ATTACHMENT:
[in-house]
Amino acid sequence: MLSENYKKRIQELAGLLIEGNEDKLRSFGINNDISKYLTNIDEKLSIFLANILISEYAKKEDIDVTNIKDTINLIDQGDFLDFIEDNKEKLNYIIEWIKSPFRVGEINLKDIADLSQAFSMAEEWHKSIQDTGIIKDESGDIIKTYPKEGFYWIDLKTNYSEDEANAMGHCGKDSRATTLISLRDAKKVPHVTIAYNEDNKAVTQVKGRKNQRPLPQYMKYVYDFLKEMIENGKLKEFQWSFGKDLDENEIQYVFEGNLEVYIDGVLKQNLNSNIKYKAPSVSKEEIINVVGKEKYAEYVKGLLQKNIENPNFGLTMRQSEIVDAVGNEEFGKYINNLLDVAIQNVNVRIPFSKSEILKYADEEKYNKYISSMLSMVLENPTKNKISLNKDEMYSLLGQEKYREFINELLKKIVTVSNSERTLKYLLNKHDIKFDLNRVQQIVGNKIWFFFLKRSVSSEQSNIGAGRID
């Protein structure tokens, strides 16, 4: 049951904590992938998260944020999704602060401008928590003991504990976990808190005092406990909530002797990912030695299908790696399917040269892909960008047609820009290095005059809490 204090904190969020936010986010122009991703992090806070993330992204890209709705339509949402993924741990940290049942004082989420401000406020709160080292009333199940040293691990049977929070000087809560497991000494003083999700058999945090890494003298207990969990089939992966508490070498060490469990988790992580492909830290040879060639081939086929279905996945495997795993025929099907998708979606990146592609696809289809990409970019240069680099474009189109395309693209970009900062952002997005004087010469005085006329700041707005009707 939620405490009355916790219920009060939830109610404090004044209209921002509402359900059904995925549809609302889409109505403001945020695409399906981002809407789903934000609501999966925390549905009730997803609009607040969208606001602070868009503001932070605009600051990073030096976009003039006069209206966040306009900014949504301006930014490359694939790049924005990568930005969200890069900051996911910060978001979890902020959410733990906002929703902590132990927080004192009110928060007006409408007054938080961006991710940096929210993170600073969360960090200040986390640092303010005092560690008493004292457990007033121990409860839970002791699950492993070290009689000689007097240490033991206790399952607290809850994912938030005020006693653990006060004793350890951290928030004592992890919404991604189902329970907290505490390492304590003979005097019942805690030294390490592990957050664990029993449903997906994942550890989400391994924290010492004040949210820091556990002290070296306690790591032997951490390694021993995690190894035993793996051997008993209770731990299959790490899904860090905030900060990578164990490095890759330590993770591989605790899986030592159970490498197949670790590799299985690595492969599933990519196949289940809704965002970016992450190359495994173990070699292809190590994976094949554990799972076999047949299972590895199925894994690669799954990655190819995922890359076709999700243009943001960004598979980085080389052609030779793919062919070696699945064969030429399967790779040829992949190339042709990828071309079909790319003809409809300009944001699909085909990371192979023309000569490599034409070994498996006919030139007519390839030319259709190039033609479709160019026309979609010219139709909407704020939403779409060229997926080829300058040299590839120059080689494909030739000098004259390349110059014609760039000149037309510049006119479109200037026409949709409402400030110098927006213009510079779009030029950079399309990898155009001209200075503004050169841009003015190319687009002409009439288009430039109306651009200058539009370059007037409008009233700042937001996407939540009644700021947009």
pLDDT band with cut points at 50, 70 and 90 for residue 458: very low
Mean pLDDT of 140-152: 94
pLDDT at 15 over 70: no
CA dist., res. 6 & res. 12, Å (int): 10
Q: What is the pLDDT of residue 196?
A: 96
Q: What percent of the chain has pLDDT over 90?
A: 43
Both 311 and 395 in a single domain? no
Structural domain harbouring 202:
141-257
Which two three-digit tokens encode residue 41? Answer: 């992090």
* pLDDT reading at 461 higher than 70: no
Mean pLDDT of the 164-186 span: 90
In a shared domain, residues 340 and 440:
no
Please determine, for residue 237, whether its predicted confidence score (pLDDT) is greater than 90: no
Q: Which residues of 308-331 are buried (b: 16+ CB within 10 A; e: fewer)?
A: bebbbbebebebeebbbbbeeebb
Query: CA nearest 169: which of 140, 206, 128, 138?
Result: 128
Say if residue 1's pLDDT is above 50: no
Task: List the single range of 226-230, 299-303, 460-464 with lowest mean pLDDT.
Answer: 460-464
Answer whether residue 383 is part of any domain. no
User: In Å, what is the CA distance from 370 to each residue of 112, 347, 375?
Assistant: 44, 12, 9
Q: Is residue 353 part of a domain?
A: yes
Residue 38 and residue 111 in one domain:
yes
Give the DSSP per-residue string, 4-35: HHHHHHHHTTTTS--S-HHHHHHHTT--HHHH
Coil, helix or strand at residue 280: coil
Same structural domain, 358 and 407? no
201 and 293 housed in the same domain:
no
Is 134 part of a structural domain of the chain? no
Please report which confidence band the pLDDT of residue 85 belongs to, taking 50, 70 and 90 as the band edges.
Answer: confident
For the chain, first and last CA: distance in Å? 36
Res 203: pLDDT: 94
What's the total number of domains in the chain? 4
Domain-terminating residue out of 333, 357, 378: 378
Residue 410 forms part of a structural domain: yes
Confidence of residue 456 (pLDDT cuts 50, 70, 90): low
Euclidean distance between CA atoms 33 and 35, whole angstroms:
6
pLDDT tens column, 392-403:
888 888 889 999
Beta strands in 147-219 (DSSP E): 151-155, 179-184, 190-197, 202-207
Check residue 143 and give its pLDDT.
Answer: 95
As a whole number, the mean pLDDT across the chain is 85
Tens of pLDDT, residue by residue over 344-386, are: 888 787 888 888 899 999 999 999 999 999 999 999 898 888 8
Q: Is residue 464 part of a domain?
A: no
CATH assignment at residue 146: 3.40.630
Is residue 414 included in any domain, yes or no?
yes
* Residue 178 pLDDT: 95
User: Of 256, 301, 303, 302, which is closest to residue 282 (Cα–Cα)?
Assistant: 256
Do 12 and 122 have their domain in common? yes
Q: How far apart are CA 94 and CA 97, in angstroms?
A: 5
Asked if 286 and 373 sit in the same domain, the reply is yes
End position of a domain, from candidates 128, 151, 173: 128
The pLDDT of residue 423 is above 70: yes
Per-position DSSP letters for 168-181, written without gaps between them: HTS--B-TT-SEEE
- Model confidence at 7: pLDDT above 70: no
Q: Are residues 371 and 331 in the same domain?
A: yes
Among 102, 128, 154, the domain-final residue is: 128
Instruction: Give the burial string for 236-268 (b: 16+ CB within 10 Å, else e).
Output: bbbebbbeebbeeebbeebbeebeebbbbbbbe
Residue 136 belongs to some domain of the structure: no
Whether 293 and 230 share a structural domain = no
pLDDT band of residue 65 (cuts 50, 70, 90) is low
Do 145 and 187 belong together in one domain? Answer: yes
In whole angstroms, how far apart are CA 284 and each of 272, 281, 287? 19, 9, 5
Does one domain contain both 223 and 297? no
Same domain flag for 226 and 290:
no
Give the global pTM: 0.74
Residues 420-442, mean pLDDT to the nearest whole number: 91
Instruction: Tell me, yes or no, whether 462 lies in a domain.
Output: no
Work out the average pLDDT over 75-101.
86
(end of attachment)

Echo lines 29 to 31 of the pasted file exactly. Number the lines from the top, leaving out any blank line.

User: In Å, what is the CA distance from 370 to each residue of 112, 347, 375?
Assistant: 44, 12, 9
Q: Is residue 353 part of a domain?